Man Suing Vermont Diocese Takes Stand

By Sam Hemingway
Burlington Free Press
November 29, 2007

The man suing the state's Roman Catholic diocese for failing to protect him from being molested by a priest in 1977 said Wednesday he didn't talk about it afterward because he was embarrassed and unsure anyone would believe him.

"Who was going to believe me, a kid?" James Turner, 47, of Virginia Beach, Va., asked a Chittenden Superior Court jury in Burlington on Wednesday. "I wouldn't know how to say it. I didn't know how to deal with what happened."

Turner claims he awoke in a Latham, N.Y., motel room to find the Rev. Alfred Willis performing a sex act upon him. Willis was in the room with seven Turner family members and friends who were asleep after attending a religious ceremony for his brother, who was about to become a priest.

James Turner testifies on the third day of the second trial in his lawsuit against the Roman Catholic Diocese of Burlington in Chittenden County Superior Court in Burlington on Wednesday.
Photo by Glenn Russell

Turner was 16 at the time of the molestation. Willis was removed from priestly service in 1980 after the diocese received a number of allegations about his sexual misconduct with boys. He is no longer a priest.

Turner said he did not begin to deal with the effect of the abuse on his life until 2002. He sued the diocese and Willis in 2004 and settled separately with Willis last year. The diocese, in papers filed with the court this week, said it does not dispute that Willis molested Turner.

Diocesan lawyer David Cleary questioned Turner's claim that he had kept details of the incident to himself, at one point getting Turner to admit he did not know whether he told either of his two former wives about what Willis did.

"I don't recall if I did or not," Turner said.

The timing of when Turner came to terms with the molestation is important because if it appears he understood the molestation and its consequences long ago, the case could be thrown out of court.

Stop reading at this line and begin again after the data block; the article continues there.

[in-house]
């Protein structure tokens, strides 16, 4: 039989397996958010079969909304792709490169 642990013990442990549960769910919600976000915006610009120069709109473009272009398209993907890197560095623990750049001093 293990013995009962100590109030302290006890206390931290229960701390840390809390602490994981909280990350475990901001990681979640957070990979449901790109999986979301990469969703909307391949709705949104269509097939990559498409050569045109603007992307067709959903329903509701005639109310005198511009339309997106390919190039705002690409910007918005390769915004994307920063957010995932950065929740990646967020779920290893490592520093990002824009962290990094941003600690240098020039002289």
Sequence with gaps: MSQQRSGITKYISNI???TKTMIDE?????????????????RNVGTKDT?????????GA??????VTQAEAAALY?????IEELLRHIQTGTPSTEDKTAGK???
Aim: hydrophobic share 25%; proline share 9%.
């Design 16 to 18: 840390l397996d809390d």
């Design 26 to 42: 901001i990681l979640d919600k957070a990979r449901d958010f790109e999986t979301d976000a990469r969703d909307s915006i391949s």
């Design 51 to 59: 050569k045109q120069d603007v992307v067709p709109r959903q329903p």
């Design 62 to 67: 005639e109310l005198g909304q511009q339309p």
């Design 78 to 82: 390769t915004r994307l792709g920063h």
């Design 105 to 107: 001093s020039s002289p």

Turner also admitted under questioning by Cleary that he gave two stories about what he did to a basketball Willis gave him several months after the motel incident. Turner once claimed he gave the ball to a neighborhood friend. More recently, he said he punctured the ball out of anger toward Willis.

"Which is true?" Cleary asked Turner.

"Both are true," Turner replied, saying in both cases he was trying to be honest. "I remember more now than I did then."

After the jury was dismissed for the day, presiding Judge Matthew Katz told attorneys for Turner and the diocese he was not sure the jury should consider whether to award punitive damages in the case.

Punitive damages, meant to punish the offending party for its conduct, can drive up the amount of money awarded the victim beyond what might be provided through compensatory damages. Katz is expected to hear from lawyers on the matter this morning before the trial resumes.

Turner's testimony came on the third day of the trial and marked the first time a witness has testified in the case. The trial is the second on Turner's claims; the first ended in a mistrial in June, and until Wednesday, the jury had listened to videotaped testimony from the first trial.

Turner told the jury under questioning by John Evers, one of his lawyers, that he didn't know what to do when he awoke in the motel room to find Willis molesting him.

"I couldn't comprehend what was going on," he said. "Next morning, I felt dirty, absolutely dirty and filthy."

Turner said he took a long shower that morning but that "I could not wash it off. Even today, I still feel the filthy feeling." When Willis tried to repeat what he had done with Turner at the Turner home several months later, Turner said he fought him off.

Turner said he didn't tell anyone what Willis had done until his brother, the Rev. Bernard Turner, told him in 1981 that Willis had been caught fondling "boys or campers" in Milton.

Turner said he gave his brother, and later his parents, a brief description of what Willis did to him but did not discuss the matter in detail.

Cleary aggressively questioned Turner's description of his 1981 conversation with his brother. At one point, Cleary divulged that he and Turner's brother were friends and members of a Lake Placid, N.Y., yacht club and implied he knew from Turner's brother that parts of Turner's description of the 1981 conversation were incomplete.

"Did he tell you as he told me ..." Cleary began to ask Turner before John Evers, one of Turner's lawyers, jumped up from his seat to object.

Katz quickly suggested a "change of subject matter."

Turner said he began to see the causes of his two failed marriages and other problems in a new light in 2002 after reading about the priest sex abuse scandal in Boston. Turner wrote to Monsignor Wendell Searles, the Vermont diocese's vicar general. In the letter, he told Searles what happened and asked for help.

According to documents on file with the court, Searles wrote back, advising Turner to ask for counseling through the Richmond, Va., diocese near where Turner was living. Turner told the jury he twice called the Richmond diocese and left messages, but no one called back.

Turner said he decided to sue Willis and the diocese after seeing a Free Press story in 2004 about how another victim of Willis' had won an out-of-court settlement from the diocese.

Contact Sam Hemingway at 660-1850 or


Any original material on these pages is copyright © 2004. Reproduce freely with attribution.